Maybridge #

Mol wt.

SPR affinity (μM)

ITC affinity (μM)

Co-crystals found

Soaked fragment density

Co-crystal fragment density

2D

CC 33513

242.1

24

33.9

94 of 94

Yes

Yes

  Open image in new window

CC 12313

199.7

31

43.1

96 of 96

Yes

Yes

  Open image in new window

CC 38513

176.3

71

180.7

91 of 95

Yes

Yes

  Open image in new window

CC 00413

215.7

136

157

96 of 96

NA 

Yes

  Open image in new window

CC 11513

196.3

153

163.2

26 of 34

Yes

Yes

  Open image in new window

CC 21913

172.2

236 (old) 40 (new)

97.5

41 of 96

Yes

Yes

  Open image in new window

CC 35913

205.3

271

185.9

54 of 91

No

Yes

  Open image in new window

CC 32913

173.2

400

NA

9 of 96

Yes

NA

  Open image in new window

CC 00813

185.7

466

NA

12 of 96

Yes

No

  Open image in new window

All of the crystallization experiments were performed at the Collaborative Crystallisation Centre (C3) at CSIRO in Melbourne, Australia. Drops were set up in two subwell sitting drop plates (SD-2, IDEX Corp) using a Phoenix robot (Art Robbins Industries) with 50 μL of crystallant in the reservoir and droplets consisting of 300 nL of the reservoir and 195 nL of the protein sample and 5 nL of seed stock [8]. Only one of the two crystallisation subwells was utilised for the initial crystallisation. A robotic procedure using a Mosquito robot (TTP) was developed to place a mixture of fragment and a cryoprotectant onto the both the crystallisation droplet and the unused subwell in the sitting drop plates [9]. The second subwell was used as part of the 2 step soaking procedure to make sure the fragments had a chance to displace the benzylamine in the crystals. After allowing the fragments to soak into the crystals for 24–48 h, the crystals were transferred manually to the fresh fragment/cryoprotectant solution in the second subwell and allowed to soak an additional 24–48 h. Crystals were gently removed using mylar loops (MiTeGen) mounted in copper pins (Crystal Positioning Systems, USA) and cryo-cooled in liquid nitrogen and placed in a 96 hole cassette that was kept submerged in liquid nitrogen until the individual pin with the crystal of interest was placed in the X-ray beam at the Australian Synchrotron. At least two crystals were harvested for each of the soaks and data sets were attempted for both in all cases. 181 frames of data, each one a 1° oscillation with 1–3 s of exposure, were taken for each crystal. All of the data sets were initially processed using a script called Jigsaw [5] (available upon request) that uses the following crystallographic programs to automatically index, scale, do molecular replacement, an initial round of refinement and then try to place a ligand in the excess density of the active site (when present): XDS [10], Pointless (CCP4) [11], SCALA (CCP4) [11], Phaser (CCP4) [11], Refmac (CCP4) [11], Flynn (OpenEye) [12]. Coot was used to visualize the model and electron density as well as manually rebuild the model where there were changes [13].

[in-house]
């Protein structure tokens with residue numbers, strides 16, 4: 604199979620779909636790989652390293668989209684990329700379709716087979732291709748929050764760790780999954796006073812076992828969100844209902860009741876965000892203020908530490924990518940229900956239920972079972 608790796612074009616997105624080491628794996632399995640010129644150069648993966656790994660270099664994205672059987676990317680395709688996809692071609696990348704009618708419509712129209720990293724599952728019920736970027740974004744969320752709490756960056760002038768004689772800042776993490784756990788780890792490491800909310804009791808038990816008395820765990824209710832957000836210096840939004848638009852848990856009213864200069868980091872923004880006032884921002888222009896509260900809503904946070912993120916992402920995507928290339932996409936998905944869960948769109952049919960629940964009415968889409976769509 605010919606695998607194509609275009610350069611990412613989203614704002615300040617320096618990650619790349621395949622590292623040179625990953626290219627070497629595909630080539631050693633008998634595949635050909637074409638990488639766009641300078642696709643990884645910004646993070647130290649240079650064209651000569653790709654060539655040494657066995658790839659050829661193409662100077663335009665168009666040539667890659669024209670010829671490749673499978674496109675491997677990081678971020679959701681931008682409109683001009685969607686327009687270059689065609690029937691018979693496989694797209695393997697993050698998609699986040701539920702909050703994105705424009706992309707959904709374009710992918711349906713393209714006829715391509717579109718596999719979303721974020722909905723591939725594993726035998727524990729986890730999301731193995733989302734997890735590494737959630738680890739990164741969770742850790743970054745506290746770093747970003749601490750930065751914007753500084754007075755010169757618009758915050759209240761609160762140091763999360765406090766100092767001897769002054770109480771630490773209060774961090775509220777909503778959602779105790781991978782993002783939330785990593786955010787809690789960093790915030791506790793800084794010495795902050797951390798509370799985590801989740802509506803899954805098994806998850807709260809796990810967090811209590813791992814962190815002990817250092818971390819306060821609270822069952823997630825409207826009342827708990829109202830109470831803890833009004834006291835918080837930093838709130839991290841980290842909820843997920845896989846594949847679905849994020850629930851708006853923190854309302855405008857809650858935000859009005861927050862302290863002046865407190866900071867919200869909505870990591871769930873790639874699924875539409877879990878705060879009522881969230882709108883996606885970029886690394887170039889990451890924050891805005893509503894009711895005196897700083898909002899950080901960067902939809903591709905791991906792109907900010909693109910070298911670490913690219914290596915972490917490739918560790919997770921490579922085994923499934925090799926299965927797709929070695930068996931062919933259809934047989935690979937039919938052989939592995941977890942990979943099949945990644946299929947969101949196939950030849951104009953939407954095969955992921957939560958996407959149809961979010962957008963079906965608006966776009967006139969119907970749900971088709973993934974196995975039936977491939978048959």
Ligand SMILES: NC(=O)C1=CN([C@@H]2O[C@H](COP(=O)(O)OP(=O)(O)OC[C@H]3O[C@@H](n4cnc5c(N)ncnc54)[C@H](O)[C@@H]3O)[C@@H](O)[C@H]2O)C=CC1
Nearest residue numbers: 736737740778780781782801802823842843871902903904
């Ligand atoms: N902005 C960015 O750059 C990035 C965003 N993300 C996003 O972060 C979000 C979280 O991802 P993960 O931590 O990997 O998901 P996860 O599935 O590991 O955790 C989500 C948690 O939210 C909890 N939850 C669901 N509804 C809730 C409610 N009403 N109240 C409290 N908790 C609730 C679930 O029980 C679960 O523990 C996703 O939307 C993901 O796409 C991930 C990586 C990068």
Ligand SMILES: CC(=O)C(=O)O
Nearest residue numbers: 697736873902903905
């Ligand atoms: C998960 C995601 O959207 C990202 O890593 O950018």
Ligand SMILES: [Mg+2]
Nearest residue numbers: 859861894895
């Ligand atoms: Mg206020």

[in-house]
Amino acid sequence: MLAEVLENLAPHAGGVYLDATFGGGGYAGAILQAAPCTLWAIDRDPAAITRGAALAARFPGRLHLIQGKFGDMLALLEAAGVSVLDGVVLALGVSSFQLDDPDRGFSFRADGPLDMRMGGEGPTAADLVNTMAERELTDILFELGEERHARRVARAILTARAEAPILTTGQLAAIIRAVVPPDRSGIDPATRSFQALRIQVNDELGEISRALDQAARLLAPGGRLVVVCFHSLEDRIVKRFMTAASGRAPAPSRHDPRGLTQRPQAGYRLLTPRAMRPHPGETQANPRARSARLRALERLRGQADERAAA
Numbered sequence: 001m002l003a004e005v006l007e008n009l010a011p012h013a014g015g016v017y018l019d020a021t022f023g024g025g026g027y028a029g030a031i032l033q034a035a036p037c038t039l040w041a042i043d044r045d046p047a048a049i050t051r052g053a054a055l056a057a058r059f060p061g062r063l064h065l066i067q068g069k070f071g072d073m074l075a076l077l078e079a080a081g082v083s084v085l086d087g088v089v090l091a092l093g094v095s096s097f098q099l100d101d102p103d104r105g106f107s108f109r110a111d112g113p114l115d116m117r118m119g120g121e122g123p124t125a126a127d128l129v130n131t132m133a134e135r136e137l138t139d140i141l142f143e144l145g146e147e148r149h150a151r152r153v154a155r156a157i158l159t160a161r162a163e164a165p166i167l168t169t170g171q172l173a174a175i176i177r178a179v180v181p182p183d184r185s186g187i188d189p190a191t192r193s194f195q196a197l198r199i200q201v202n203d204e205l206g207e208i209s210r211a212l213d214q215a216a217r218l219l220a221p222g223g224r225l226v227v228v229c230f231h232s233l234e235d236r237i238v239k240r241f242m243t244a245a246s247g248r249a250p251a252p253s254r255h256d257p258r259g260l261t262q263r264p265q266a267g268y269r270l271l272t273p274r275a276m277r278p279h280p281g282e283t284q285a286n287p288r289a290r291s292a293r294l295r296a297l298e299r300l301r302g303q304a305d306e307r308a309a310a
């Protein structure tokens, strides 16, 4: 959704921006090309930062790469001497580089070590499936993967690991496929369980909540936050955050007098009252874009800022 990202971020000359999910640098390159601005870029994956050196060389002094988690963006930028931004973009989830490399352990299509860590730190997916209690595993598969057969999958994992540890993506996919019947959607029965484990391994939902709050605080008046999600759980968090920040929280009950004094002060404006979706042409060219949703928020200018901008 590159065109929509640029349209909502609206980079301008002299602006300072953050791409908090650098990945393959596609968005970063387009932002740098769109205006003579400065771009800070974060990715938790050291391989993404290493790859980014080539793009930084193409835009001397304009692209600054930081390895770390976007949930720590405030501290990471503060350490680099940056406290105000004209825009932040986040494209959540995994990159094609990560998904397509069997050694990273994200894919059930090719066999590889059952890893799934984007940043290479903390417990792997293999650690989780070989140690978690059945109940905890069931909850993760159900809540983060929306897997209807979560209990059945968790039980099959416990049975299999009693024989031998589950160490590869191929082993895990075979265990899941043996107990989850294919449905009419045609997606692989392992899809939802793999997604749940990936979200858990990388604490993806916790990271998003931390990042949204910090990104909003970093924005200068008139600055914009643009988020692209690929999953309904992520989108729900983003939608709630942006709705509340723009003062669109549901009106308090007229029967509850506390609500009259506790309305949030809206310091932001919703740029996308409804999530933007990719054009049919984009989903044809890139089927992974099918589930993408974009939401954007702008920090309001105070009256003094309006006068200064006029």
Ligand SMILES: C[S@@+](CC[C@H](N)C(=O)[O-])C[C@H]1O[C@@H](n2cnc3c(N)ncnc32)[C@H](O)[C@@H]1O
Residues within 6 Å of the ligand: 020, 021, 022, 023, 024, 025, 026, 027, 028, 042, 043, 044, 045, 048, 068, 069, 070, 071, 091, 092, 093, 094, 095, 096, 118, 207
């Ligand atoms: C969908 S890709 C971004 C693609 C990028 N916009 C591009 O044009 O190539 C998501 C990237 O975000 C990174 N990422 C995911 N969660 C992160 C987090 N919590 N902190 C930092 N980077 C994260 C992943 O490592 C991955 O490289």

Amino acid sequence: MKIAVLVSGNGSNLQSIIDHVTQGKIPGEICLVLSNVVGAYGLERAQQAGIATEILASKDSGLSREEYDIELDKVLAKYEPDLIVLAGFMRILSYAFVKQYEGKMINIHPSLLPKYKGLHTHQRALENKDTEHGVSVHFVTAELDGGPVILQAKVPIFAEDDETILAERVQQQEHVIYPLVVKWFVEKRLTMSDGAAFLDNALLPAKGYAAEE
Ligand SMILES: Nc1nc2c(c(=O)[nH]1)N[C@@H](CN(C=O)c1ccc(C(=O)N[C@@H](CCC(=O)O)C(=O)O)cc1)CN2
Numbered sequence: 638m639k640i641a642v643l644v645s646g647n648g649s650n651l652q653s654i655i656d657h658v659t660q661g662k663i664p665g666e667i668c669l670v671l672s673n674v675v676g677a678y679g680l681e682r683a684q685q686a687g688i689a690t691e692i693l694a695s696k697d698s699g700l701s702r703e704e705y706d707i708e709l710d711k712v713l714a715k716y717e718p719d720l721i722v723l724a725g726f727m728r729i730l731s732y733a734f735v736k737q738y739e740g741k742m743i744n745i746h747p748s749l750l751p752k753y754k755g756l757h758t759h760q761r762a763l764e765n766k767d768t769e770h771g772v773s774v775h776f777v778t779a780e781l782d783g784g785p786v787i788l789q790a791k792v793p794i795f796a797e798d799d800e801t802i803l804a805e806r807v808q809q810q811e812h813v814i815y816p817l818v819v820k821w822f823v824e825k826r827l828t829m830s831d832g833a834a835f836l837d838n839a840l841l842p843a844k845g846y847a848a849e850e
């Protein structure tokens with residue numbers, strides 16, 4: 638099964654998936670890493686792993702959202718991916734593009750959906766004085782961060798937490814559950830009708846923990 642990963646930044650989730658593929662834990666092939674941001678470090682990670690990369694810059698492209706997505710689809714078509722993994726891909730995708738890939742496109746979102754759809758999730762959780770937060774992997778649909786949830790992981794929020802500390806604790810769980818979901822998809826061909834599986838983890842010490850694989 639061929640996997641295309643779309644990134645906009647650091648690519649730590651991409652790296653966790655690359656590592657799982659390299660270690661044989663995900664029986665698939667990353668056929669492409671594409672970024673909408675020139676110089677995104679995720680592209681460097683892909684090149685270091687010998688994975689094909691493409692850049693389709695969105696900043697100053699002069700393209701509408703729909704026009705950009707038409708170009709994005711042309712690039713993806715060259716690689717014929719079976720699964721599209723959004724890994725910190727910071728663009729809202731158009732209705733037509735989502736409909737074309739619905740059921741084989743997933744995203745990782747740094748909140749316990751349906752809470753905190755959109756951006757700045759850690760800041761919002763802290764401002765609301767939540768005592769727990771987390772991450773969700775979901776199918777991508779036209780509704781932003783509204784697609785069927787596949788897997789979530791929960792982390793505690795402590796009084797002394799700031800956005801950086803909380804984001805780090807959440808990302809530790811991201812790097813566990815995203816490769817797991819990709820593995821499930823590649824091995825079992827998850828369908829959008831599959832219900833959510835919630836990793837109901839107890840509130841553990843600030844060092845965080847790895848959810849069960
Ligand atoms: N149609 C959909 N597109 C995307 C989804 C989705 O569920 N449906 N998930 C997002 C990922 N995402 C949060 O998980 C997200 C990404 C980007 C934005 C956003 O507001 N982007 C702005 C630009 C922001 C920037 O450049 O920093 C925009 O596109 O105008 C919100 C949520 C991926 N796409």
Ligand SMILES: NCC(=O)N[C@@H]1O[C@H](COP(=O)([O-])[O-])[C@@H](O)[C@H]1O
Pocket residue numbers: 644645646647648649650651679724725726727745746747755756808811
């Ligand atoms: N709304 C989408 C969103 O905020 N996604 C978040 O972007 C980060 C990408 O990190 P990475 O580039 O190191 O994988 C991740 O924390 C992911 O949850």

Discussion

This was a project which could not have been attempted without a lot of recent (and expensive) tools: for example, automation in crystallogenesis, X-ray data collection and computing. It is notable that the technology for one of the major techniques used in this project, surface plasmon resonance, only became available in the early 1990s. In all, to assemble the experimental underpinnings for this project took five domain experts close to 2 years, and required equipment that was millions of dollars to purchase and run. This is excluding the cost of the Australian Synchrotron, where the equivalent of about a month of continuous beamtime was required to collect the X-ray diffraction data for this challenge. If we were to attempt this same amount of data collection on a standard X-ray home source it would take closer to a decade of continuous beamtime to collect the same amount of data. Similarly, about 200 96-well crystallisation plates were set up during the course of this experiment; by hand, assembling that many experiments would take close to 3 working months, and that is without even taking a peek at the experimental results once they were set up.

The enormity of the project is quite obvious to most experimentalists, and explains why this type of challenge has not been taken on previously; the modelling community has been relying on retrospective analyses in part because the prospective data are so expensive to obtain. These experimental data are not perfect: there is ‘real world’ noise in the data—machines break, chemicals degrade, data get misplaced (despite best efforts) and then the reality is that data from different biophysical techniques cannot be cleanly compared to each other. The use of amine coupling techniques to prepare SPR chips precludes the use of Tris buffers to attach the protein to the chip. The requirement for cryoprotection of protein crystals results in protein structures with blobs of extra density which are from the ethylene glycol cryoprotectant rather than any fragment. There are numerous examples where the details of experimental setup are where the difficulties lie.